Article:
Breaking Through Political Noise to Change Public Opinion
Philip Converse’s seminal 1964 article “The Nature of Belief Systems in Public Opinion” changed the conversation about the way voters form policy preferences. Converse claimed most people’s “belief systems” are highly unorganized, and his thesis lends support for the idea that the mass public relies on elites for guidance in forming policy opinions.
While this argument holds across many different policy debates, it is particularly apparent when it comes to the issue of global warming. New numbers released by Rasmussen Reports this week found that 40 percent of respondents blame global warming on human activity, while 44 percent blame long-term planetary trends.
At first glance it appears the public is becoming less sympathetic to the man-made global warming claim. But when you look closer at the numbers, that’s not quite the case. While respondents remain skeptical about the man-made effects of climate change, there has actually been a seven-point increase in the number of respondents who “feel human activity is causing global warming.” And while 44 percent blame long-term trends for climate change, this is actually the lowest level measured since June of last year.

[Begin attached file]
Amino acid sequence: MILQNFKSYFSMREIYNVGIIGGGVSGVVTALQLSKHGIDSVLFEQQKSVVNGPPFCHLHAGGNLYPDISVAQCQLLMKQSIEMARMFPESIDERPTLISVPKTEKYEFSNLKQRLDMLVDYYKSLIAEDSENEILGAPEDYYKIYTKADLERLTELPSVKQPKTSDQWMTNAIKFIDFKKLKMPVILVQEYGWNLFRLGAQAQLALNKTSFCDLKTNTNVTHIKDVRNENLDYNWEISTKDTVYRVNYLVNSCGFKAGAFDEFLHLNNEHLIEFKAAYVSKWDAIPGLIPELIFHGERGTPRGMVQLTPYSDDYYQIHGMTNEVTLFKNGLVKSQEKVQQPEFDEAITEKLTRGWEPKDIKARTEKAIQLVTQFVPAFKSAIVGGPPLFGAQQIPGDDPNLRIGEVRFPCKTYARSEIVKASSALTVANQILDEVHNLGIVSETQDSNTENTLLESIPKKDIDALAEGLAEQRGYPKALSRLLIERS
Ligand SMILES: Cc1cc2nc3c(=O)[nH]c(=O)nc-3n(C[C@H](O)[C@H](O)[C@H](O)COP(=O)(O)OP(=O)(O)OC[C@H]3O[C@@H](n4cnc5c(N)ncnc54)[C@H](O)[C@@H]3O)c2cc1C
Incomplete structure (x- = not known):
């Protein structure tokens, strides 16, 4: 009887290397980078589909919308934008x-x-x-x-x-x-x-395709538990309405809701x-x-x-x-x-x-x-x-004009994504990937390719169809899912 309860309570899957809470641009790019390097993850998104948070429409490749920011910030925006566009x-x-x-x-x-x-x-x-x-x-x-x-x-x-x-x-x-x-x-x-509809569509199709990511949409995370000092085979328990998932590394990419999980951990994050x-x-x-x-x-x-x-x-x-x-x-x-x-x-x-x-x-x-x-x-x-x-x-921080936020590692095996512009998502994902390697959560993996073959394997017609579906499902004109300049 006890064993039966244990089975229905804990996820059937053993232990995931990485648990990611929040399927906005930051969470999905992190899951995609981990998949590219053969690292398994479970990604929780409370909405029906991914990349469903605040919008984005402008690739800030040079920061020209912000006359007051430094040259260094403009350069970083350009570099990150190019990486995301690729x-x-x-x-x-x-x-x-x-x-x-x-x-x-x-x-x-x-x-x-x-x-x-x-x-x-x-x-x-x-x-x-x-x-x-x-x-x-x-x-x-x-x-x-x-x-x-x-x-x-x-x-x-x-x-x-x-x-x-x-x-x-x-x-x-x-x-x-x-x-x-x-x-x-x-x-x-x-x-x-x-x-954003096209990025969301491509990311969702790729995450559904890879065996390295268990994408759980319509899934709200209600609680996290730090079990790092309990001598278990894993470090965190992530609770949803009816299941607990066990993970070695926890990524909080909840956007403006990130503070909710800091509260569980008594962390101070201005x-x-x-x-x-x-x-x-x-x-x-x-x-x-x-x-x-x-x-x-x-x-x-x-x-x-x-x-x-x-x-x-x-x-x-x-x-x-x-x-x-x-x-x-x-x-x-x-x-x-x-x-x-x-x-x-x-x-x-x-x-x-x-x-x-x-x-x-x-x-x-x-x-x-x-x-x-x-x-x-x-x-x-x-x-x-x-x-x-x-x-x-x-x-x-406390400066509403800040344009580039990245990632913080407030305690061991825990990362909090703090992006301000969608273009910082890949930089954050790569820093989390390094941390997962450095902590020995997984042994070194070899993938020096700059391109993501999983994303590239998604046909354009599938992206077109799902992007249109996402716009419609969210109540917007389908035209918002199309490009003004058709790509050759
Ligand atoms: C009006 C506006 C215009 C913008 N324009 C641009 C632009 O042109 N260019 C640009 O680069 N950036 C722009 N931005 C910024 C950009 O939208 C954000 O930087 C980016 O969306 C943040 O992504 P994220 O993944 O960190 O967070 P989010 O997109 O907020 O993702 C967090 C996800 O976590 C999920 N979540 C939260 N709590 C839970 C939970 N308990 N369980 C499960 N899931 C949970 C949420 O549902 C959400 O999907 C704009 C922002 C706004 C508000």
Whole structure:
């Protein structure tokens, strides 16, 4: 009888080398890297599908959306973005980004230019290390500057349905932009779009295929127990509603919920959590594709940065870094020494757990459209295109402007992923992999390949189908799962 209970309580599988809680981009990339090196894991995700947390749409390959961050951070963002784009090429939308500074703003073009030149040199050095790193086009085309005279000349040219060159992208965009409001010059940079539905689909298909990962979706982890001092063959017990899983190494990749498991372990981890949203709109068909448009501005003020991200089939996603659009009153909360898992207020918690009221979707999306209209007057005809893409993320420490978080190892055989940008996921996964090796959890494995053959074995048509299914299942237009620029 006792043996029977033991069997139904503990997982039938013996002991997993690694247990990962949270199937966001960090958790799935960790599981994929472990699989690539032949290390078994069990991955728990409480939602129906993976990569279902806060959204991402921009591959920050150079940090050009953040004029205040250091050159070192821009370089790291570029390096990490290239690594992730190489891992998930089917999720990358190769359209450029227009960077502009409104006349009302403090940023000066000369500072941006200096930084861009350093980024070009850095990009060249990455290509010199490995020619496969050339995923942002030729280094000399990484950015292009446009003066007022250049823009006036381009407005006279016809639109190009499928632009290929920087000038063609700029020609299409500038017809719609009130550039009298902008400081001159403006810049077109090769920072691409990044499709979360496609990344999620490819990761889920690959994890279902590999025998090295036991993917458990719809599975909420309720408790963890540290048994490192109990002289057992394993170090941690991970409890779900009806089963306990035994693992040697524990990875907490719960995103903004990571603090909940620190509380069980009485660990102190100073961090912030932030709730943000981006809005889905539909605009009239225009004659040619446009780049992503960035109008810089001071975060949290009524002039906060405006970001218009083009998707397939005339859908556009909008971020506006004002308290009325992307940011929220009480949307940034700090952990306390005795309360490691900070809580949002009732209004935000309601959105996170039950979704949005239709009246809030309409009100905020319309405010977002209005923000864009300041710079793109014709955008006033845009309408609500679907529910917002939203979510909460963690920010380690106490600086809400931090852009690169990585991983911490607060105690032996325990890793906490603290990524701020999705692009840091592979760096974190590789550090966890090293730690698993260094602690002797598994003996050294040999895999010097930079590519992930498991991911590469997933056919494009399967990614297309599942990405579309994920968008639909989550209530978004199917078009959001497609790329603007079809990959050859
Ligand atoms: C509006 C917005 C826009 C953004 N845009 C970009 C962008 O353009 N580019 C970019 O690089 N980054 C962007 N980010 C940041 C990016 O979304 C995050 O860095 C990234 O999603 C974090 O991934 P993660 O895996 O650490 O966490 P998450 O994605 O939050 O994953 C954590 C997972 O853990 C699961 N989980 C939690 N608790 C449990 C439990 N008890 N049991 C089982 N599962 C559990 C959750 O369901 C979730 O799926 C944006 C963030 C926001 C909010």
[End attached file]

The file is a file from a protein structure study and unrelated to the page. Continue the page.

These conflicting numbers reinforce Converse’s thesis, showing just how disorderly the public’s thinking is when it comes to the issue of climate change. On one hand, global warming activism has clearly had an effect on mass opinion. Yet polls suggest voter’s belief systems remain malleable.
At the White House Writers Group we realize sometimes breaking through the political noise and understanding complicated policy prescriptions requires a little help. But by determining the best message, using the appropriate tools, and reaching the right audience, we can help you move public opinion in your direction.